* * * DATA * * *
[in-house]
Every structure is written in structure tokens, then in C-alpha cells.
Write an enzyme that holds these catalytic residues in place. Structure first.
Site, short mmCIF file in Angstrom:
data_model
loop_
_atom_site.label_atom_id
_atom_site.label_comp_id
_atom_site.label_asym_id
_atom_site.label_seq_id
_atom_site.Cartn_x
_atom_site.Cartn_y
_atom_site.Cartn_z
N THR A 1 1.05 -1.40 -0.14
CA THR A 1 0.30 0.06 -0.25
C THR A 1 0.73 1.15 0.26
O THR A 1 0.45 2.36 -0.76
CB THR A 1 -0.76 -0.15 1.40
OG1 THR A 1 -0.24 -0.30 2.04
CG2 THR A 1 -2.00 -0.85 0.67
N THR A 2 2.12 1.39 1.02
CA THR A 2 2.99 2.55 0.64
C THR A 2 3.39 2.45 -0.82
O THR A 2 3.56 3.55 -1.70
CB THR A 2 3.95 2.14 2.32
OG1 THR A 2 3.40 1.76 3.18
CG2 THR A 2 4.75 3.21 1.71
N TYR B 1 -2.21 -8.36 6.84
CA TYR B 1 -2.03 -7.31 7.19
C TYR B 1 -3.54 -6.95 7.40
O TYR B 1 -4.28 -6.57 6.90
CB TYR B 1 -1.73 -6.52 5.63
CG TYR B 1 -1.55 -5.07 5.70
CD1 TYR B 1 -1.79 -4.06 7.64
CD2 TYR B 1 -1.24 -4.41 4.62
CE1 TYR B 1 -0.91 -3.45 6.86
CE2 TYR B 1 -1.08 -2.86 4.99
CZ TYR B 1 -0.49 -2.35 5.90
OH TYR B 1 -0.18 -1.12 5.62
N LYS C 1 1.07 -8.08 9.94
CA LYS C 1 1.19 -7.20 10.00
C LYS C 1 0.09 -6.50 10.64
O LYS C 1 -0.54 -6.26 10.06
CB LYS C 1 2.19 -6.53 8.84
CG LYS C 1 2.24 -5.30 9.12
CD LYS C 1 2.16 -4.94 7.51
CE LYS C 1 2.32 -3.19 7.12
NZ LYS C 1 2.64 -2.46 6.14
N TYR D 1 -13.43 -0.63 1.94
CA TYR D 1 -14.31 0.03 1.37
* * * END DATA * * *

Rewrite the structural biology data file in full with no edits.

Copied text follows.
[in-house]
Every structure is written in structure tokens, then in C-alpha cells.
Write an enzyme that holds these catalytic residues in place. Structure first.
Site, short mmCIF file in Angstrom:
data_model
loop_
_atom_site.label_atom_id
_atom_site.label_comp_id
_atom_site.label_asym_id
_atom_site.label_seq_id
_atom_site.Cartn_x
_atom_site.Cartn_y
_atom_site.Cartn_z
N THR A 1 1.05 -1.40 -0.14
CA THR A 1 0.30 0.06 -0.25
C THR A 1 0.73 1.15 0.26
O THR A 1 0.45 2.36 -0.76
CB THR A 1 -0.76 -0.15 1.40
OG1 THR A 1 -0.24 -0.30 2.04
CG2 THR A 1 -2.00 -0.85 0.67
N THR A 2 2.12 1.39 1.02
CA THR A 2 2.99 2.55 0.64
C THR A 2 3.39 2.45 -0.82
O THR A 2 3.56 3.55 -1.70
CB THR A 2 3.95 2.14 2.32
OG1 THR A 2 3.40 1.76 3.18
CG2 THR A 2 4.75 3.21 1.71
N TYR B 1 -2.21 -8.36 6.84
CA TYR B 1 -2.03 -7.31 7.19
C TYR B 1 -3.54 -6.95 7.40
O TYR B 1 -4.28 -6.57 6.90
CB TYR B 1 -1.73 -6.52 5.63
CG TYR B 1 -1.55 -5.07 5.70
CD1 TYR B 1 -1.79 -4.06 7.64
CD2 TYR B 1 -1.24 -4.41 4.62
CE1 TYR B 1 -0.91 -3.45 6.86
CE2 TYR B 1 -1.08 -2.86 4.99
CZ TYR B 1 -0.49 -2.35 5.90
OH TYR B 1 -0.18 -1.12 5.62
N LYS C 1 1.07 -8.08 9.94
CA LYS C 1 1.19 -7.20 10.00
C LYS C 1 0.09 -6.50 10.64
O LYS C 1 -0.54 -6.26 10.06
CB LYS C 1 2.19 -6.53 8.84
CG LYS C 1 2.24 -5.30 9.12
CD LYS C 1 2.16 -4.94 7.51
CE LYS C 1 2.32 -3.19 7.12
NZ LYS C 1 2.64 -2.46 6.14
N TYR D 1 -13.43 -0.63 1.94
CA TYR D 1 -14.31 0.03 1.37